This collection includes more than 3,500 glass plate negatives created by photographer Edmund Wolven. Most of the images are of Vassar College people, events, buildings and grounds, but there is a subset that relates to other local educational institutions and Poughkeepsie. Wolven, born in Poughkeepsie in 1876, worked for many schools and colleges in the area. He began taking photos for Vassar College in the late 1890s, and became the official college photographer between approximately 1900 and 1910. The latest photographs in this collection are from the 1940s.
The Vassar College Archives within the Digital Library include some images, texts, and material items that are racist, xenophobic, or otherwise harmful. The Vassar Libraries have provided descriptive text and additional notes whenever possible to alert Digital Library users to these items. The Engaged Pluralism Initiative Race and Racism in Historical Collections Project Group is working with the library on contextualizing and facilitating community conversations about these materials. For more information see: https://library.vassar.edu/rrhc
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Series in this collection
Includes almost yearly images of Field Day from 1916-1936; team portraits as well action photos from field hockey, basketball, baseball, tennis, fencing, lacrosse, and archery. There are also images from horse shows, golfing, swimming, and winter sports.Topics documented in this series include the evolution of uniforms from bloomers to shorts as well as developments in athletic fields and equipment.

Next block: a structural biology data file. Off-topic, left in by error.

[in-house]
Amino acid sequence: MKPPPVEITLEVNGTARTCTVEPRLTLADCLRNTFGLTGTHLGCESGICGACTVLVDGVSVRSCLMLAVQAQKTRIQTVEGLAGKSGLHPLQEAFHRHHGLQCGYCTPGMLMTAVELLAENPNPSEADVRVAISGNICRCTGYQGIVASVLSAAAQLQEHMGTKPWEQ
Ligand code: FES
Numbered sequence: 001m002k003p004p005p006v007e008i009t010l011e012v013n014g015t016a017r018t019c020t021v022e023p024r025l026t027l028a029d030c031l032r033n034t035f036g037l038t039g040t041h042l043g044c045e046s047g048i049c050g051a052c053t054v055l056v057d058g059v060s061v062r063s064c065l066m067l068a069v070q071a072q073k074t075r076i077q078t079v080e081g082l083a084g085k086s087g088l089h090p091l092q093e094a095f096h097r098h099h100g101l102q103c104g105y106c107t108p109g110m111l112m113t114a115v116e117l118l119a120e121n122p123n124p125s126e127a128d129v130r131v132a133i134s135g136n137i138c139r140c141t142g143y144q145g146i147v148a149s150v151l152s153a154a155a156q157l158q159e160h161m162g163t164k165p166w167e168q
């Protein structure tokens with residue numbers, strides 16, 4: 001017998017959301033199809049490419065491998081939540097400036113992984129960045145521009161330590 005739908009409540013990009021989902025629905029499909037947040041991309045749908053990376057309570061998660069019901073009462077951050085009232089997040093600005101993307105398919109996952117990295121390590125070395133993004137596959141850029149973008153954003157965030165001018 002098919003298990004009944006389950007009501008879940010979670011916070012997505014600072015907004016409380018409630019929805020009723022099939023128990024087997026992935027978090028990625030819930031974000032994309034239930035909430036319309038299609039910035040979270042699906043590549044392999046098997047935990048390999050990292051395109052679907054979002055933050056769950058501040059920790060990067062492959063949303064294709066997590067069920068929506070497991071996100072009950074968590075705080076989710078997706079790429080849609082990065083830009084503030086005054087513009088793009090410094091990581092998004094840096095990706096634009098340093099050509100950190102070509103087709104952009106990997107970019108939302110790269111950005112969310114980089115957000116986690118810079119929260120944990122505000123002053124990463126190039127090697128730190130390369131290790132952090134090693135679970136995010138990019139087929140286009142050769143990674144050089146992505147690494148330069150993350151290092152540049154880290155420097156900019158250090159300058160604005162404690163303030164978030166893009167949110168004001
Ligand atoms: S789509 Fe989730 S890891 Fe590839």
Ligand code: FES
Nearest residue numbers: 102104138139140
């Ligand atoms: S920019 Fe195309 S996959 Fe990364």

Buildings and Grounds, 1897-1939
Images of the Vassar buildings (interior and exterior) and the landscapes of campus and the surrounding area. Highlights include views of Vassar Lake before the Raymond Avenue elevation change in 1966, the southeast portion of campus before Sunset Lake was created, Raymond Avenue before the Faculty Row houses were built, the living and research spaces in the Maria Mitchell Observatory, and maintenance staff harvesting ice with saws and horse-drawn ice plows.
Class Portraits, 1901-1943
A nearly complete set of freshman and senior class portraits from the first forty years of the 20th century. The images were taken using extra large plates (14 x 17 inches) which provides access to fine details and allows for easier identification of individuals.
Commencement and Reunion, 1900-1942
In the first half of the 20th century, Vassar's commencement and reunion were part of a 4-5 day long celebration that included a variety of events and traditions. Steady events included Baccalaureate Sunday, the alumnae parade, Class Day exercises, and commencement. Other activities changed over the decades, and included concerts and lectures, luncheons and suppers, tree ceremonies, May Pole dances, and for many years the III Hall Play was repeated for families and alumnae.